The Setting: 45th Anniversary Celebration of Colegio Nacional Saquisilí; Saquisilí, Cotopaxi, Ecuador (population: 10,000 but-feels-like-1,000-because-everyone-lives-in-the-campo people)
Key Players: Dr. Edgar Espinosa, Rector (Principal); Lic. Aníbal Yánez, Vicerector (Vice-Principal); Mayor of Saquisilí; Saquisilí Chief of Police, about 50 teachers/other important people; Raul & Hector; Maria Elena, new host madre/teacher; your’s truly, the new/only gringa in town
Sequence of Events: Friday, March 9 was the culmination of a week-long celebration for the 45th Anniversary of the high school I will be working in for the next two years. The day started at 9:30am with speeches by the vicerector, mayor, student council president, 2 retiring teachers, and the rector. The rector’s speech included an introduction of the new Peace Corps Volunteer who will be working in the school for the next 2 years of her life. I got bored 2 minutes through his speech and completely zoned out (embarrassingly easy in a foreign language). All of a sudden all the old ladies/teachers/my new mom’s were tapping me as I gazed out the window. I stood up and waved at the 400-500 people in the auditorium. The speeches/awards ceremony lasted until about 12:30.
The kids were sent home and all the teachers/everyone important were invited to the teacher’s lounge. I blindly followed Maria Elena, my new host mom/fellow teacher, like I’d been doing all week without any idea of what was going on. Seated in the middle of probably 10 large tables pushed together was the Rector, Mayor, and Chief of Police. They sit me down in front of the Chief of Police despite my efforts to sit at one of the smaller tables in the back. Raul and Hector (I can’t remember Hector’s real name so we’ll just call him Hector for now), 2 retirement-aged science teachers, come sit next to me and proceed to tell me that I will most definitely fall in love with a young Ecuadorian from Saquisilí and stay in the country forever. Cue Jenni, a fellow English teacher, who tells them that anyone I decide to fall in love with must learn English (I told her I don’t speak Spanish). Thanks for having my back Jenny.
Like any good celebration in Ecuador, liquor is involved. It comes as no surprise that on the table between myself and Rector, etc. is a large bottle of unopened tequila. Raul proceeds to pour Rector and me a shot so the real party can start. ¡Salud! Thankfully Maria Elena was there to back me up when I refused to take any of the following shots. I had a cold so I had a good excuse.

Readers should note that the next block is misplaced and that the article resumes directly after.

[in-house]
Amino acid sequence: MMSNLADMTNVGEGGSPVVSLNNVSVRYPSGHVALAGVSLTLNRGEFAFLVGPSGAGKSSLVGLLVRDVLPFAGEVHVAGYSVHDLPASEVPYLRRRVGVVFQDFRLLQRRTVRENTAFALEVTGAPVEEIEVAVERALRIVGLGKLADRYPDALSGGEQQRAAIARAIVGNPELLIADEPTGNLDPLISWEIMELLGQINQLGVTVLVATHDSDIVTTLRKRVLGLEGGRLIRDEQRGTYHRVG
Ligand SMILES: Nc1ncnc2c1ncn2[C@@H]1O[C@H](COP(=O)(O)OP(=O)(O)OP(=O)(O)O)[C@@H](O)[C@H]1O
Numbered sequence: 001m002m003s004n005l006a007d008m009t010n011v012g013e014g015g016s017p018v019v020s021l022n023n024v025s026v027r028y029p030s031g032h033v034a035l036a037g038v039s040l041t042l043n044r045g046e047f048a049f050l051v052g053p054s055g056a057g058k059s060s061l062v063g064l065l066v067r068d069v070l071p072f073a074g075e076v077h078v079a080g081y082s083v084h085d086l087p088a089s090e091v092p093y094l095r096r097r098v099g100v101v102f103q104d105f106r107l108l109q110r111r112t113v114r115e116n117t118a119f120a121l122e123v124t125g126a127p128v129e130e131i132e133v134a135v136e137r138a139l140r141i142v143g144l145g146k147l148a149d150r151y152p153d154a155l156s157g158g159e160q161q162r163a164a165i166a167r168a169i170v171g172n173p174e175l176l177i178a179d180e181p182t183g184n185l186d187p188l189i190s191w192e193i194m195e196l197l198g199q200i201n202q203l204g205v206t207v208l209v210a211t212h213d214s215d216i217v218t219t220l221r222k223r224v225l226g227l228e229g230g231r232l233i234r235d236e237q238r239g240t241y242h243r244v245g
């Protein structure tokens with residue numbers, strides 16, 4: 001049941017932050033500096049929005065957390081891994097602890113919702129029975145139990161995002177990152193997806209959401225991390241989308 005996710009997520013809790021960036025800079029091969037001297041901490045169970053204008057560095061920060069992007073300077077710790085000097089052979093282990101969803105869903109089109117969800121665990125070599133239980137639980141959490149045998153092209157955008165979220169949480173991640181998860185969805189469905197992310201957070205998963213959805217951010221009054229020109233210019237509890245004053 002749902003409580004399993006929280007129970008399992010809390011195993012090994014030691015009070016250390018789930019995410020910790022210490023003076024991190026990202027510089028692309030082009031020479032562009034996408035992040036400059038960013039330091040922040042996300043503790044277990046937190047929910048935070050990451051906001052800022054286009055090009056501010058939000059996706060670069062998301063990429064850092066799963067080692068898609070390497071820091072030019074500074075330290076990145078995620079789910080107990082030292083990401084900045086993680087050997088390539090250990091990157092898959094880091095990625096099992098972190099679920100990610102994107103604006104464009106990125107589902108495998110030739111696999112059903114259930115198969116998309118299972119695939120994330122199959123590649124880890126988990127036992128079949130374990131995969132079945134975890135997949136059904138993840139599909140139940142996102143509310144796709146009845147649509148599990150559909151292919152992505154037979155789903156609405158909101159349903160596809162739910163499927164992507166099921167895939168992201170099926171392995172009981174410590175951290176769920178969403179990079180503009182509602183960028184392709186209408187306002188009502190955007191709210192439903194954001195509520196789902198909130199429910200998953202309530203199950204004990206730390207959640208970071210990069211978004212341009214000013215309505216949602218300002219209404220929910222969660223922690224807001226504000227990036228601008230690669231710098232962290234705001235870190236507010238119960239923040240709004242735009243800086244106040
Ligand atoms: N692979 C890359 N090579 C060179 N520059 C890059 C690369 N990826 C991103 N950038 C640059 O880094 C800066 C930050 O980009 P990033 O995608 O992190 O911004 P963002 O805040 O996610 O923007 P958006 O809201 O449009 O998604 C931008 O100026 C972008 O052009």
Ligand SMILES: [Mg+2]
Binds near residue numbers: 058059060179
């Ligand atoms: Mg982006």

Before I knew it, a large styrofoam plate of potatoes and cuy (yes, the infamous guinea pig delicacy of Ecuador) was sitting in front of me. Being a novice (read: I’ve never eaten cuy), I ask Raul how you eat it. “With your hands” is his reply. I made it about halfway through before I gave up and started working on the 3 large potatoes on my plate. Needless to say I didn’t finish. Then the lady comes around to pick up the plates and gets to my half-eaten mess of cuy/potatoes.
Lady: “Comerá no más.” (“You will eat no more. (Ecuadorian for “EAT,” (yeah, it doesn’t make sense to me either.)))
Me: “Ya no avanzo pero es muy rico, dios le pague.” (“Oh I’m so full but it’s very tasty, may God pay you (very strong way to say thank you).”)
Lady: “¡Ughhh, que pena! (“Ughhh, what a shame (waste)!”)
So I pissed that lady off. I’m sorry I can’t eat platefuls of starch and stringy meat like an Ecuadorian!
Final Thoughts: The site visit was a little dose of reality/overwhelming. I didn’t know Saquisilí even existed until our site reveals on March 1. One of the gambles PCVs take is leaving the site placement in the hands of strangers. Granted they’ve been observing us throughout the first month-ish and making their judgments on where they think we would fit best. However the thought of spending the next 2 years of my life in a little bitty market town off the Pan-American highway is definitely a little scary.
The fact that the school was “en fiesta” all week definitely made it hard to get my PC-required paperwork done. No classes to observe, no structure, and I was totally clueless as to what the schedule was going to be. So much for observing the 6 English teachers and getting an idea of who to work with. And the initial work plan we were supposed to fill out with the teachers regarding plans for projects/strategies? I had to go to the neighboring town on Saturday to get the blank paper signed by the teacher who forgot to bring it on Friday. We were told we couldn’t speak Spanish with the English teachers and they definitely didn’t understand my English explanation of what I needed to finish by the end of the week. Culture clash. I remind myself getting things done for an American is much different than for an Ecuadorian. I’m too American for Ecuador sometimes. Frustrating.
I think the hardest part is that I’m out there solo. It’s totally up to me to get all this stuff done and give them an idea of what exactly my goals as a Volunteer are in their school/community for the next 2 years. There’s never been a Peace Corps Volunteer in their town before which means I have to explain everything from scratch.
I keep reminding myself it could be much much harder. Some of the Natural Resources Volunteers are headed to villages, we’re talking less than 100 people. There’s 5 of us in the Cotopaxi cluster, so we’ll have each other to vent to when things get rough. My plan for the next 3 weeks is to learn as much about TEFL/teaching strategies/any useful information and enjoy my cushy Tumbaco surburban digs, my chatty host mother, and the fact that I get to see all the other trainees everyday.